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As the battle rages on in Washington over whether to extend the payroll tax cut next year, Senate Majority Leader Harry Reid, D-Nev., said at a press conference on Wednesday that “we aren’t going home until we finish this.”
While “Republican leaders have done their best to convince the public that they favor the payroll tax cut,” Reid (left) said, “they have a funny way of showing it. Obviously, they are having a hard time getting their membership to follow.”
Congress, Reid said, “will pass this tax cut for the middle class by the end of the year. We aren’t going to leave town. We can do it the easy way or the hard way.”
Sen. Bob Casey, D-Pa., who joined Reid at the press conference, introduced this week compromise legislation, the Middle Class Tax Cut Act of 2011 (S. 1944), which would extend and expand the payroll tax cut and includes bipartisan measures designed to get Republicans to support the tax cut extension.
Sen. Chuck Schumer, D-N.Y., who was also at the press conference, warned House Speaker John Boehner, R-Ohio, that if House GOP members decided to go home for the holiday break before a payroll tax cut deal is made, they’ll “be embarrassed in front of the American people.”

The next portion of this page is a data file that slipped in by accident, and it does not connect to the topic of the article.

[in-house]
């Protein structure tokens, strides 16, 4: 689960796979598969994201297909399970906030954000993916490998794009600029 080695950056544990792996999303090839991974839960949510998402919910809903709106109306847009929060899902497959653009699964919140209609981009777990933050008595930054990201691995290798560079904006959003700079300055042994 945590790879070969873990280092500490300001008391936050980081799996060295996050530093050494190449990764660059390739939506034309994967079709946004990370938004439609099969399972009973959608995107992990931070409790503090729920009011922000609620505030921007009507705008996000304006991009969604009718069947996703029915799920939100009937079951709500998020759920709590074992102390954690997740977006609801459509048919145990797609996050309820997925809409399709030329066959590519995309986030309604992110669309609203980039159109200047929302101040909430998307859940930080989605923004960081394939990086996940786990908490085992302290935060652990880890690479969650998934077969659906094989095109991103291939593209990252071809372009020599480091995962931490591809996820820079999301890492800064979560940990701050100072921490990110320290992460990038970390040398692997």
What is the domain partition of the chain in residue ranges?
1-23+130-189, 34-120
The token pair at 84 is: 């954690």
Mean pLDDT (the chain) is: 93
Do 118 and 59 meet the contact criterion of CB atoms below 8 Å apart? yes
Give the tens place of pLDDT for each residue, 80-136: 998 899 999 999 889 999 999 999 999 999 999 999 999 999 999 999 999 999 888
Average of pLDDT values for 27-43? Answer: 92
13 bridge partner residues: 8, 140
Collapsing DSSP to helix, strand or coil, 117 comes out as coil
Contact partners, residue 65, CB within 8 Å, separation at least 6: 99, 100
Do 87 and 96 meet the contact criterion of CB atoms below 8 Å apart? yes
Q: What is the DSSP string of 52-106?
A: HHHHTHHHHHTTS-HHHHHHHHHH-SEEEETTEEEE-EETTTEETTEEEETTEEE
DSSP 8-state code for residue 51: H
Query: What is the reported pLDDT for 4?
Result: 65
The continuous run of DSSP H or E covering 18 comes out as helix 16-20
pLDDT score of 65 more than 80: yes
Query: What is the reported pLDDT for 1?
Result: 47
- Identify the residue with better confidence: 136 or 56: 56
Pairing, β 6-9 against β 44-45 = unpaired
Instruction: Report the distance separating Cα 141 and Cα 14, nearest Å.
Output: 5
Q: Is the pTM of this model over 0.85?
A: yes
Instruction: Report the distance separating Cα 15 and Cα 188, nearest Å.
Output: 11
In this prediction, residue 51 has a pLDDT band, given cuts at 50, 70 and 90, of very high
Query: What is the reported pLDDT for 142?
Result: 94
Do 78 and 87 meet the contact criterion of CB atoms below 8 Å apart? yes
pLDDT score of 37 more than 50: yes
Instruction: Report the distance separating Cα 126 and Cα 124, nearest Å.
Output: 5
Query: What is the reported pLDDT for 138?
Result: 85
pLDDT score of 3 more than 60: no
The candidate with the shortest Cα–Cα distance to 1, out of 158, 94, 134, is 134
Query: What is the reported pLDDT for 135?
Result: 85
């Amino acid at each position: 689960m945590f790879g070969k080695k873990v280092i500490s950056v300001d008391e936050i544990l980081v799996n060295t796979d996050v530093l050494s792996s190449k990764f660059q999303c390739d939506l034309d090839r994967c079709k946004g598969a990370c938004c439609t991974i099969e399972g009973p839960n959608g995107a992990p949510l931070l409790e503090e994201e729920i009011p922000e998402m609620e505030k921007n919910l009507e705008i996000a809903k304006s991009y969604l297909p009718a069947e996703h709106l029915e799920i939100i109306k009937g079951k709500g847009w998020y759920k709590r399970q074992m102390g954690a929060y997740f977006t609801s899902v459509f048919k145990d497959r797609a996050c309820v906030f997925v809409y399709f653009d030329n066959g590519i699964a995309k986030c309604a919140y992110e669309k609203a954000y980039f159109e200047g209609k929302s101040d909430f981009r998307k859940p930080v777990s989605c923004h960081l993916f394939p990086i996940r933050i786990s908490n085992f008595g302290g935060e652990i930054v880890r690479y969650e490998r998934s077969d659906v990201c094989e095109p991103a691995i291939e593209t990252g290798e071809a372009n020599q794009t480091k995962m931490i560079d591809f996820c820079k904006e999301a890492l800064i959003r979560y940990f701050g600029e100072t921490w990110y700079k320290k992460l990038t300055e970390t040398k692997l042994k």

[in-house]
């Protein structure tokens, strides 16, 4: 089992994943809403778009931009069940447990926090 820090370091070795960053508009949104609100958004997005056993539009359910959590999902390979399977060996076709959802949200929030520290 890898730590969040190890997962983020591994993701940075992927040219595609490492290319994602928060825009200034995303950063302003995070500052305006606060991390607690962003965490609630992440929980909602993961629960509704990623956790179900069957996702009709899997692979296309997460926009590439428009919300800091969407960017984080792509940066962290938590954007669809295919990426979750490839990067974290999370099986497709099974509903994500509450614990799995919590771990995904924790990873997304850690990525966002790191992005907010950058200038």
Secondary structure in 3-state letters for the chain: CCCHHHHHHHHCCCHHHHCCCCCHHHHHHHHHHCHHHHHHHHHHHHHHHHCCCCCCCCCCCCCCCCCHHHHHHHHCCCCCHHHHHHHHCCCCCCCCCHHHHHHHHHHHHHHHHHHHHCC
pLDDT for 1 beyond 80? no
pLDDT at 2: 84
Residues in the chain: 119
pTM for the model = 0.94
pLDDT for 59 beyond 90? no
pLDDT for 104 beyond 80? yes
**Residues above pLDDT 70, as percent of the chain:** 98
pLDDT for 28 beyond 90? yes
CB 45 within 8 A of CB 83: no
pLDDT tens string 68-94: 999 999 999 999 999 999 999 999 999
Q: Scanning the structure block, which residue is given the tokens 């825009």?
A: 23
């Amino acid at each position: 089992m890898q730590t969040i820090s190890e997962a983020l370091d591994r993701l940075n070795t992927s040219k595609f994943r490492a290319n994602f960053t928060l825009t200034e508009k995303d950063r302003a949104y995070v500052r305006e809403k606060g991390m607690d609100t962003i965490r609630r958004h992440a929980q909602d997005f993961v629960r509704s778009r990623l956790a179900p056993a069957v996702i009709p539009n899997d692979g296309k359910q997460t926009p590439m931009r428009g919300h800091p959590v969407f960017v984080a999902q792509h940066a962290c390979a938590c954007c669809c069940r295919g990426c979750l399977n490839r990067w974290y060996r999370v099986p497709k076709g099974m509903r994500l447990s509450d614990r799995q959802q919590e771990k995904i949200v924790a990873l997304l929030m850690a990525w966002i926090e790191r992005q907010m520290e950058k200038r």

While there have been some concerns that a payroll tax cut would have a negative effect on Social Security, Casey said the chief actuary of the Social Security Administration reviewed his proposal and affirmed that the bill will protect Social Security.
Casey released the following details of his compromise proposal:
- Reduces The Size of Package By Roughly One-Third. To address Republican concerns that the overall package was too large, the compromise legislation will no longer provide any tax break for employers. This will cut the size of the package by roughly one-third, from $265 billion to $185 billion. The Casey compromise still cuts in half (from 6.2% to 3.1%) the Social Security payroll tax paid by employees and the self-employed on their wages and salaries for 2012. Approximately 160 million workers will benefit from this tax cut, with the average family seeing nearly $1,500 in additional take-home pay.
- To Help Pay for the Bill, Adopts Bipartisan Deficit-Reducing Proposals From the Supercommittee Negotiations. This proposal will increase the fees that Fannie Mae and Freddie Mac charge mortgage lenders to guarantee repayment of